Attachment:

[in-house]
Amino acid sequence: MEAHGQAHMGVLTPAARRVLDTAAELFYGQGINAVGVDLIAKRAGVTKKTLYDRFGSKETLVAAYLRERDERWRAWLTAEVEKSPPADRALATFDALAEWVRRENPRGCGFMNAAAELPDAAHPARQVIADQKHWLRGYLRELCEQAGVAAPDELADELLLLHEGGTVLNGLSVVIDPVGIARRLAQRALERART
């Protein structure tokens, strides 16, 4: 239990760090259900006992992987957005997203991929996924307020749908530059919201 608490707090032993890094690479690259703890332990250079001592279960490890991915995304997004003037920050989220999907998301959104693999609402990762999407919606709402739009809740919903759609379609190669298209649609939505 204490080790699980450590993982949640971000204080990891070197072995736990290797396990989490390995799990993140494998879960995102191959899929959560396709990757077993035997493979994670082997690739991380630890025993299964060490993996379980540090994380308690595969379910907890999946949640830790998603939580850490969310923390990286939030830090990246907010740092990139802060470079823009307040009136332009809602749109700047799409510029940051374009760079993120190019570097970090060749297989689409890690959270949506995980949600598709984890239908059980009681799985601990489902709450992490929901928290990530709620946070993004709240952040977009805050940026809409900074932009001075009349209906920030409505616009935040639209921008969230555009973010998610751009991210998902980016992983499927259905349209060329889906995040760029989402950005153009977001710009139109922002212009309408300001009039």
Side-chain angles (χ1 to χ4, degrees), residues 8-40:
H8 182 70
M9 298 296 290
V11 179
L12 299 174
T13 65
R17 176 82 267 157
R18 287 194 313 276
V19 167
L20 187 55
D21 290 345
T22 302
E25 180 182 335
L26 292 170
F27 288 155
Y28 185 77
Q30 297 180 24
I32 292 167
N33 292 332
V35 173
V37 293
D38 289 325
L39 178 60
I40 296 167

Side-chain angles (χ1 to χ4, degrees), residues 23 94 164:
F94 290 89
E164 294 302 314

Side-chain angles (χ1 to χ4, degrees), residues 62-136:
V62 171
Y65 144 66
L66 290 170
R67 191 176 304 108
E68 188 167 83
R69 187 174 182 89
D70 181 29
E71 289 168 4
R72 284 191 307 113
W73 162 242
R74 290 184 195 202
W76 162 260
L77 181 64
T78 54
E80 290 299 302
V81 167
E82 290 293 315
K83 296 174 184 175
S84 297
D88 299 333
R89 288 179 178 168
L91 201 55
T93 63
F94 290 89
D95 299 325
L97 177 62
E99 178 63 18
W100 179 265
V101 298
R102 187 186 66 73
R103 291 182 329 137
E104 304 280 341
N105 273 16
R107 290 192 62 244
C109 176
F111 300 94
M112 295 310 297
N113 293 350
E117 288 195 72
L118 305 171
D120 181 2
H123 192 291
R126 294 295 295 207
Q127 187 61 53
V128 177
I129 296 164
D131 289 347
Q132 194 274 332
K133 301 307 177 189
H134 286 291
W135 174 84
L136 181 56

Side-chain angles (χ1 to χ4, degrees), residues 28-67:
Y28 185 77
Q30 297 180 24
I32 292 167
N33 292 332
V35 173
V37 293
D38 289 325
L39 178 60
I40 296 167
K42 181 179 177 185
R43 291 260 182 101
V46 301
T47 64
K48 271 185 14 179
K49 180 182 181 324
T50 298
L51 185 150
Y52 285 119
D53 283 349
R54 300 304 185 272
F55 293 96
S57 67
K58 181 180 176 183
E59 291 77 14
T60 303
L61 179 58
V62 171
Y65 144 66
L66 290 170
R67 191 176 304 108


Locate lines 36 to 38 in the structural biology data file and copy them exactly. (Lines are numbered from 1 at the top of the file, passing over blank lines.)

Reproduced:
E68 188 167 83
R69 187 174 182 89
D70 181 29